It’s taken its time getting to Australia officially, but the international version of the NeoGeo Mini is now available and we were itching to have a play. So we did!

As the ‘Mini’ bit suggests, this take on the legendary arcade console from SNK is another piece of shrunken retro kit. Rather than taking the fairly nondescript black box of their original home release, however, SNK have given us a teensy tabletop arcade machine. Look at it, cool, huh?

This also means that, unlike its competitors for the mini-me retro gaming space, it includes a screen – and a pretty good one, too. As such, this baby’s portable – even if a tad awkwardly, both due to its shape and the need for some form of USB power (the lack of battery power provision is odd). You’ll also likely require a flat surface of some sort to rest it on – the old lap balancing act can be fraught if you’re getting into those complicated fighting moves.

Still, in small bursts the wee, blue ring-lit controller works well – although arcade-styled directional gating would have been preferred to the supplied analogue system. Should you wish to go for an extended nostalgia session, however, there are options that will save you a dose of serious hand cramp, as well as possible eye strain.

A separate controller, modelled on that of the original Neo Geo CD-based console of 1994, is available at a reasonable price. One or two of these plug into either side of the NeoGeo Mini, and offer a more authentic control experience. But you’ll really want to pair them with a TV, which will require a mini-HDMI to standard HDMI cable, which – frustratingly – isn’t included. What is in the box is the machine, a branded USB-C cable and a choice of stickers for the cabinet.

You have the ability to save game states, should you need a break. This doesn’t work like the original SNK memory cards that you could switch between home machine and arcade though, despite prompts appearing for such saves. These will disappear when power is turned off, so you need to make sure to go through the Mini’s menu system if you want saves to be retained.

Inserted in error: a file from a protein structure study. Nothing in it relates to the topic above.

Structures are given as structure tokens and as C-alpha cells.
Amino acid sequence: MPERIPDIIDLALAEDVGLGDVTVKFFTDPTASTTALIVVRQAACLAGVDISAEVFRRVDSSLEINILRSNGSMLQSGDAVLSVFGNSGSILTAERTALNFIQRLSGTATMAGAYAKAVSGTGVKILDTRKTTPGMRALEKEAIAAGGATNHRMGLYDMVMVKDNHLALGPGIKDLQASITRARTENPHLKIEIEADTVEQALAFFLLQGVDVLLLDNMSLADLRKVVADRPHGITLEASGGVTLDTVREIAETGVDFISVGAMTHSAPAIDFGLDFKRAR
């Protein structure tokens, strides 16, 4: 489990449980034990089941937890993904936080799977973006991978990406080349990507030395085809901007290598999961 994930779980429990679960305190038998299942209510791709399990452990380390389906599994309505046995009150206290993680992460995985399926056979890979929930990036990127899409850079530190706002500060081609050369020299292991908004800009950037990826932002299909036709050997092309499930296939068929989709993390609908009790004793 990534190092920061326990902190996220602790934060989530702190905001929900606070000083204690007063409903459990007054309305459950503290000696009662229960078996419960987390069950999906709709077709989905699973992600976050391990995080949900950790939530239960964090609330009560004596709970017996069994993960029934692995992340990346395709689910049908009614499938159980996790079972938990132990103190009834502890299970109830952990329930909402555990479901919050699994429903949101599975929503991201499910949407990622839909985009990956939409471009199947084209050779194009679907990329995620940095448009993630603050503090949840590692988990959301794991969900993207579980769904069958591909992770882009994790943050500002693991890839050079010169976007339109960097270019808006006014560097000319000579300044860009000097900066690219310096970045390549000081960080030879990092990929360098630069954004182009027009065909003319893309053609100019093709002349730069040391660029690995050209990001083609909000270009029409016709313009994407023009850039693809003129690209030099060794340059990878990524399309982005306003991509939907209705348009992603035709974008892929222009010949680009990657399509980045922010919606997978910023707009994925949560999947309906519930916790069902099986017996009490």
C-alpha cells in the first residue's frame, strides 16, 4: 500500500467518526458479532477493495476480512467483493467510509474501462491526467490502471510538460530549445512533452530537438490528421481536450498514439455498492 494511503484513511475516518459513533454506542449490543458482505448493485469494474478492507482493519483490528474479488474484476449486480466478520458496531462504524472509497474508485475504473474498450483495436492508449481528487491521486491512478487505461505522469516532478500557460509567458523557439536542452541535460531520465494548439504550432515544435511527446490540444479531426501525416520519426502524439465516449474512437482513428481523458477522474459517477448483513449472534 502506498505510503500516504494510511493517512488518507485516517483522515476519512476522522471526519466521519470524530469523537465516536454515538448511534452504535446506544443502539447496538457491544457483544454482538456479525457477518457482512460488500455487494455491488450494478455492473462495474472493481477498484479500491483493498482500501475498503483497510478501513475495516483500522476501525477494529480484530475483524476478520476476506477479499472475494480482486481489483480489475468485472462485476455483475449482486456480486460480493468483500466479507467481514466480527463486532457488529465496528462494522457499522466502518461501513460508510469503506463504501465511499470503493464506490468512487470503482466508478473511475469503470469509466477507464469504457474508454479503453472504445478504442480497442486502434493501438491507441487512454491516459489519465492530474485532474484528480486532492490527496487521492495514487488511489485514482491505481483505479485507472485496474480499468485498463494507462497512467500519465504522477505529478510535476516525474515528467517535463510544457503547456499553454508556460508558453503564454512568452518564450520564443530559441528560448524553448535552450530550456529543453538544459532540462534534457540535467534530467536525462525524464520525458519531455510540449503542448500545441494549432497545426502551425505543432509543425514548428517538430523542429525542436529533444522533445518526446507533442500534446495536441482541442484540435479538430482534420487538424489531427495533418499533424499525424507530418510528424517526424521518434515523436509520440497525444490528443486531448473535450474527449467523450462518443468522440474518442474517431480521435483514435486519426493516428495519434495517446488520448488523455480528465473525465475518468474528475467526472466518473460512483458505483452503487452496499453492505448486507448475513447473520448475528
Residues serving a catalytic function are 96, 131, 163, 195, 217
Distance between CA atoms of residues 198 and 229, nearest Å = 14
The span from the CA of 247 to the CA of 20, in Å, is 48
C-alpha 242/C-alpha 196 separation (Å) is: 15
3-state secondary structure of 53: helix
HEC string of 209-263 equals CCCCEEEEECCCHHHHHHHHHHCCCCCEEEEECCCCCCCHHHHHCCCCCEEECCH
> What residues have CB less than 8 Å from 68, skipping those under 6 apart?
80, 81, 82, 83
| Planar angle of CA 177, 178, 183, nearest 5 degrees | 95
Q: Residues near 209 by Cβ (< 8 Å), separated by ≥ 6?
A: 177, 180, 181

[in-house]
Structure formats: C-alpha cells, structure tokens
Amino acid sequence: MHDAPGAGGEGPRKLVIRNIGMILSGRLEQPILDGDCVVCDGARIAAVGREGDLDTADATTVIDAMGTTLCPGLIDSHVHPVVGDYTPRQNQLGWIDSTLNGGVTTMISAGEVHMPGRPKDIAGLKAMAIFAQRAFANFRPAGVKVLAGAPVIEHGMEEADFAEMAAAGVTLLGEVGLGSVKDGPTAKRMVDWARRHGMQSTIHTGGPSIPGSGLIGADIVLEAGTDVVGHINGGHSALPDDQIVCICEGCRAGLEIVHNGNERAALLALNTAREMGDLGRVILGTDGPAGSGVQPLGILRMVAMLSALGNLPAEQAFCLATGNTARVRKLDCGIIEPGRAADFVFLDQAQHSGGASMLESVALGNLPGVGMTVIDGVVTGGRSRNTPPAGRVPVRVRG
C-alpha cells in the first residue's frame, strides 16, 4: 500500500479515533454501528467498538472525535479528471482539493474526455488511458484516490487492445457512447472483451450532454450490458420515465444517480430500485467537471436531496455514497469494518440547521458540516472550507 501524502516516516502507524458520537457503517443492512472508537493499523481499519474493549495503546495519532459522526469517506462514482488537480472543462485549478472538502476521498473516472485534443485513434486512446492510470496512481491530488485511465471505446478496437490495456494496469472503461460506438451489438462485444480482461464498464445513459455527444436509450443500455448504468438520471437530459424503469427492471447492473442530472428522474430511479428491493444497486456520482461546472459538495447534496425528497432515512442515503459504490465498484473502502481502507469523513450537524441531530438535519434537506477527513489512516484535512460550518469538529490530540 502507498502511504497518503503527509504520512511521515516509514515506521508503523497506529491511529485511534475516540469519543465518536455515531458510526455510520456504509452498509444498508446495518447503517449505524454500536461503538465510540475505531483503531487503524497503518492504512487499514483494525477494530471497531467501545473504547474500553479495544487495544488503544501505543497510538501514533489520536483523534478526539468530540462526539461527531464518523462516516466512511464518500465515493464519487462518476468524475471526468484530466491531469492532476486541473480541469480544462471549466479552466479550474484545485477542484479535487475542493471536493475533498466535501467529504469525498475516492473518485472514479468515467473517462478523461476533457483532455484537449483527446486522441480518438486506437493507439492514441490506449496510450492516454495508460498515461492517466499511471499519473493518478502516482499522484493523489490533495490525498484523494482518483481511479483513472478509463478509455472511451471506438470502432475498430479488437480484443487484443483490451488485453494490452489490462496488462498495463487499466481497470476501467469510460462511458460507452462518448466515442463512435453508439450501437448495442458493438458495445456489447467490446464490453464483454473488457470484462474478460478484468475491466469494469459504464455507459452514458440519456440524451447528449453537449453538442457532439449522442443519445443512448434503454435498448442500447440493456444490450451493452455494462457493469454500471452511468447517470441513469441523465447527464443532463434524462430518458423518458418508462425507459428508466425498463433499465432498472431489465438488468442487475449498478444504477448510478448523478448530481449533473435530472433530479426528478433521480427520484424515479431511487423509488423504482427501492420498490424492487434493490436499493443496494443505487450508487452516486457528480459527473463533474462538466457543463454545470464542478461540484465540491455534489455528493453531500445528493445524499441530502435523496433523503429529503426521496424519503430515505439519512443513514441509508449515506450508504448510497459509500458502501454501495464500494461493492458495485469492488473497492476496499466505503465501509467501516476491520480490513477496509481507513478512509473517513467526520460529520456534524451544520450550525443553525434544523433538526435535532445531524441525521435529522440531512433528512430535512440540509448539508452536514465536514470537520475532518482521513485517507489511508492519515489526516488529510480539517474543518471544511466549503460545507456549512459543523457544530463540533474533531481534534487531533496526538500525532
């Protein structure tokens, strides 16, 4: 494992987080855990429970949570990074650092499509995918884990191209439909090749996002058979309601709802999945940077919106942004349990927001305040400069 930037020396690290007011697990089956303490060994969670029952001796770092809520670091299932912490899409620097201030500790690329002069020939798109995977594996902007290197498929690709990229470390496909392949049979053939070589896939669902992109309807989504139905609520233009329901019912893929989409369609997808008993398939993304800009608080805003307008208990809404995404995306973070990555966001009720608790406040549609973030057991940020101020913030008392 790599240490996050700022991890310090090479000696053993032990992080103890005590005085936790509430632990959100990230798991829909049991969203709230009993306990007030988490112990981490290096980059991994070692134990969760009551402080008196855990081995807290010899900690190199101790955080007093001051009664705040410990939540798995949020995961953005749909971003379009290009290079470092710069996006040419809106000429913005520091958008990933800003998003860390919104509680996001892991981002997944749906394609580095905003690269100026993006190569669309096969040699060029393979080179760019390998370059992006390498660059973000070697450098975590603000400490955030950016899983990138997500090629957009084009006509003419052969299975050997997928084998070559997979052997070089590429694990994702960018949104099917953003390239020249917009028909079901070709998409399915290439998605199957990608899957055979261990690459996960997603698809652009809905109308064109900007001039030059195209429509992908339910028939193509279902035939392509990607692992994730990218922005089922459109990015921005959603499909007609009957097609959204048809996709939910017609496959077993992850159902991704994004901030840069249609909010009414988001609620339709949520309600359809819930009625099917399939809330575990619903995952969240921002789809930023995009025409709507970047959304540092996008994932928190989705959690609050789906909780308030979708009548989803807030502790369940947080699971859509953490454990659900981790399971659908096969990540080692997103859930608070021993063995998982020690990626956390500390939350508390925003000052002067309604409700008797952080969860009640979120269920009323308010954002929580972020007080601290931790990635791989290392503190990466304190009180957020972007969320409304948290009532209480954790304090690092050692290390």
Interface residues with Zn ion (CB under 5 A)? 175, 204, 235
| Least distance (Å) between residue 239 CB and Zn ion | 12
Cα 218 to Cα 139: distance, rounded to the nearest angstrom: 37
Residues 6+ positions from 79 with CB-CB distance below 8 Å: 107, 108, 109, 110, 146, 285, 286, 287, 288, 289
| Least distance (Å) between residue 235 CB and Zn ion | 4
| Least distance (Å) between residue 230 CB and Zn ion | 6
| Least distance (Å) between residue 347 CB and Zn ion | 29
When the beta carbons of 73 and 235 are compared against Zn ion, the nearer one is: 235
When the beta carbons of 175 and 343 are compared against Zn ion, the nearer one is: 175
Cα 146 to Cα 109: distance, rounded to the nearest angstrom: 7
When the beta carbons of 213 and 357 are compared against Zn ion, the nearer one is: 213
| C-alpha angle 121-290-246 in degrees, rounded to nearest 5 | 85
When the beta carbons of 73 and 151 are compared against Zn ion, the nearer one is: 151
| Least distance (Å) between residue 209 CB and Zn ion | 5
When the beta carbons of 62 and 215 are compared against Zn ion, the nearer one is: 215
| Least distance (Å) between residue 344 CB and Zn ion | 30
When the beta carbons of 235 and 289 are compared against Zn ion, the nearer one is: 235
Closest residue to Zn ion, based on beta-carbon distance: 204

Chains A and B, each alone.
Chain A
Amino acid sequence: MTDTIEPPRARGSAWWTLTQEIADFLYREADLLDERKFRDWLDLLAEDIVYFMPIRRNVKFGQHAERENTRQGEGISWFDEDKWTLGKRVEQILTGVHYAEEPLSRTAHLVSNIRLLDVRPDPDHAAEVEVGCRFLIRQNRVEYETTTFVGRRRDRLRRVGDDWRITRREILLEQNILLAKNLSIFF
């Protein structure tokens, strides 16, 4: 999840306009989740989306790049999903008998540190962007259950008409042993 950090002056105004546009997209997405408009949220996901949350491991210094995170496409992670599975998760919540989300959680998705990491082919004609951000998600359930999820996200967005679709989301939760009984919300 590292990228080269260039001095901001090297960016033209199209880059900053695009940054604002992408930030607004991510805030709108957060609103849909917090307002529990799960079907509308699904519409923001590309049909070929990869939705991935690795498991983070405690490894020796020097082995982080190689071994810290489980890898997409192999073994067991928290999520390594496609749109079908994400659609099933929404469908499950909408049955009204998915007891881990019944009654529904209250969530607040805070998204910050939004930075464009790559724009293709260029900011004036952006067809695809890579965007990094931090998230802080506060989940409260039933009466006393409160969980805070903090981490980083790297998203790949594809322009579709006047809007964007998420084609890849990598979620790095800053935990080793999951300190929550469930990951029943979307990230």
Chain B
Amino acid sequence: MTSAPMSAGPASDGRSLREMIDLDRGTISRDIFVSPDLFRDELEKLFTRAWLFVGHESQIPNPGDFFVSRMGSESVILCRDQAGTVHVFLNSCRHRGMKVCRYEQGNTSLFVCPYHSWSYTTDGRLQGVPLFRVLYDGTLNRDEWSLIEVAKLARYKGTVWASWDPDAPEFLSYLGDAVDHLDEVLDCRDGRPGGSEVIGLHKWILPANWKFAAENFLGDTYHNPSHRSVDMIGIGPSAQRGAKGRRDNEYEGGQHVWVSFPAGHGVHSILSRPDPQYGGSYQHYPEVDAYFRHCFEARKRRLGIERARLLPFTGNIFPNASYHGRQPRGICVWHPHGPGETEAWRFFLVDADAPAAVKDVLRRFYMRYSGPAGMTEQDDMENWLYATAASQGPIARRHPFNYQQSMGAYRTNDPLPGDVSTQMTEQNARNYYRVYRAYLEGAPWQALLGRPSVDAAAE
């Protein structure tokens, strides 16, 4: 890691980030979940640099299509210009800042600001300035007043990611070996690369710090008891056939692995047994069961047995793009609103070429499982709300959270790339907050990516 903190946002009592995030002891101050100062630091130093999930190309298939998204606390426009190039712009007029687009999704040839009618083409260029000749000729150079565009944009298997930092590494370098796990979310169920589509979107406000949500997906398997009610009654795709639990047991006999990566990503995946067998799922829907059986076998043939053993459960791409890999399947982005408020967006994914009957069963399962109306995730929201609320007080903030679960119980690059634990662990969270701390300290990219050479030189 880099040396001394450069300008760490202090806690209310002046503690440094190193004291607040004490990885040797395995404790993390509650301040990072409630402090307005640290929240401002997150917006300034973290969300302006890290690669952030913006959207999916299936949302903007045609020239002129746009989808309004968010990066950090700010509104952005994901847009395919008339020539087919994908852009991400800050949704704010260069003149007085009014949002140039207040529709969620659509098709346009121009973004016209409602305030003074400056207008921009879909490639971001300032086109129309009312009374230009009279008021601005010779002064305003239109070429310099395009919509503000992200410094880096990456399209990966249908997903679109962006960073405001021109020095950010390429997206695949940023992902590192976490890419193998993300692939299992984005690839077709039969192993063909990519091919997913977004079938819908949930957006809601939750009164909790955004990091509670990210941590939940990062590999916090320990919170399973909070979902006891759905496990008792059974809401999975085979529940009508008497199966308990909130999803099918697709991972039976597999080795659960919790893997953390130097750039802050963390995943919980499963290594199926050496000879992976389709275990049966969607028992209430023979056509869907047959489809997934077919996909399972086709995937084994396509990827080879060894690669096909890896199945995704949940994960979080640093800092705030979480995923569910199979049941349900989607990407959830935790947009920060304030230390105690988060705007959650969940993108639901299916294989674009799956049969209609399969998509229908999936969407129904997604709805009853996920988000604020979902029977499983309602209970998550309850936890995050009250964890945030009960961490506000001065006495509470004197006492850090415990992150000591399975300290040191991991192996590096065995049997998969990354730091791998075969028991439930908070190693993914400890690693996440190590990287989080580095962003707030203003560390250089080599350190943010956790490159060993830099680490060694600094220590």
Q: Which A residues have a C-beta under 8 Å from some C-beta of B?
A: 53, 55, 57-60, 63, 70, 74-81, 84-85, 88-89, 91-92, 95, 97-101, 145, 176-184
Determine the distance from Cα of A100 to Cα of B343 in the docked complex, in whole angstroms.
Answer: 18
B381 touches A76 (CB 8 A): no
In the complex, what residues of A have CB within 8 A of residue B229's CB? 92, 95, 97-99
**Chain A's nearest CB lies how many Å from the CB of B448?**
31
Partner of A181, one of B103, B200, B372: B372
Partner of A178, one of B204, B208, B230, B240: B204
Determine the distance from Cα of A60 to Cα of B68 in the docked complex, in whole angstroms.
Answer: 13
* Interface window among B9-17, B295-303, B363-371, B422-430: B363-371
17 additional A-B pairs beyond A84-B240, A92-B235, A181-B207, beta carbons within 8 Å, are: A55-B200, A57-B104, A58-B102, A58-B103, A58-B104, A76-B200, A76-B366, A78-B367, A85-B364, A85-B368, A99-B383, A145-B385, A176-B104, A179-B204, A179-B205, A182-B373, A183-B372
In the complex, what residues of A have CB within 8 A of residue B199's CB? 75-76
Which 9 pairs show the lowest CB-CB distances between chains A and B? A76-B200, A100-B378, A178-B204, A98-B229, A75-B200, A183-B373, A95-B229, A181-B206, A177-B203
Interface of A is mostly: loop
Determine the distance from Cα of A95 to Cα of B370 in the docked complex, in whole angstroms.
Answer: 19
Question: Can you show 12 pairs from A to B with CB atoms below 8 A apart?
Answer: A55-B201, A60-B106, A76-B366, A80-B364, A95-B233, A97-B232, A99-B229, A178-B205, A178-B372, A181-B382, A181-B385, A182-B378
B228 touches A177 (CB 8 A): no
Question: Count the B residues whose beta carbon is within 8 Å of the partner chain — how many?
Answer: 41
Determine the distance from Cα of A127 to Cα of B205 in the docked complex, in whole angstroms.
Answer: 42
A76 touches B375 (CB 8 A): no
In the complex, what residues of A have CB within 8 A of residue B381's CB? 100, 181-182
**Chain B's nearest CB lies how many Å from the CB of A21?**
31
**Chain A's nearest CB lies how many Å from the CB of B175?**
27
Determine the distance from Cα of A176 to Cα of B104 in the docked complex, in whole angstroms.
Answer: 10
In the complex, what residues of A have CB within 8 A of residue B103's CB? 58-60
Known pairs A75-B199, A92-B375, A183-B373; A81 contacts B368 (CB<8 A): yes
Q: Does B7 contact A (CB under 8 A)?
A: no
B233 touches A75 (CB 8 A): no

Once hooked up to a TV, you have a choice of original 4:3 screen ratio, or you can stretch things out so everything’s short and squat should you be insan- erm, prefer. The presentation is fairly rudimentary compared to offerings from Nintendo, with only one filter option and not a lot else. Simulated scanlines, at the very least, would have been welcome.

As always, a console such as this succeeds or fails depending upon its game list. SNK are renowned for their fighting games, and these feature prominently, with 16 martial arts based romps, alongside 24 other games. The latter range from sports through to schmups – here’s the complete list, with fighting types first:

Art of Fighting
Garou: Mark of the Wolves
King of Fighters ’95
King of Fighters ’97
King of Fighters ’98
King of Fighters 2000
King of Fighters 2002
Kizuna Encounter
Fatal Fury Special
Ninja Masters
Real Bout Fatal Fury
Samurai Shodown II
Samurai Shodown IV
Samurai Shodown V Special
The Last Blade 2
World Heroes Perfect

3 Count Bout
Blazing Star
Blue’s Journey
Crossed Swords
Football Frenzy
Ghost Pilots
King of the Monsters
King of the Monsters 2
Last Resort
Magician Lord
Metal Slug
Metal Slug 2
Metal Slug 3
Metal Slug 4
Metal Slug 5
Metal Slug X
Mutation Nation
Puzzled
Robo Army
Sengoku 3
Shock Troopers
Shock Troopers 2nd Squad
Super Sidekicks
Top Player’s Golf

When you consider that separate Neo Geo game cartridges back in the day cost hundreds of dollars each, you could argue that the value offered by the NeoGeo Mini is off the charts. In these days of emulation probably not so much, but it does offer an affordable and novel way to dive into many SNK classics today, in an officially sanctioned way. Plus, even if you don’t play with it, the stylishly-designed NeoGeo Mini is going to look really great on any shelf!

Buy now at JB Hi-Fi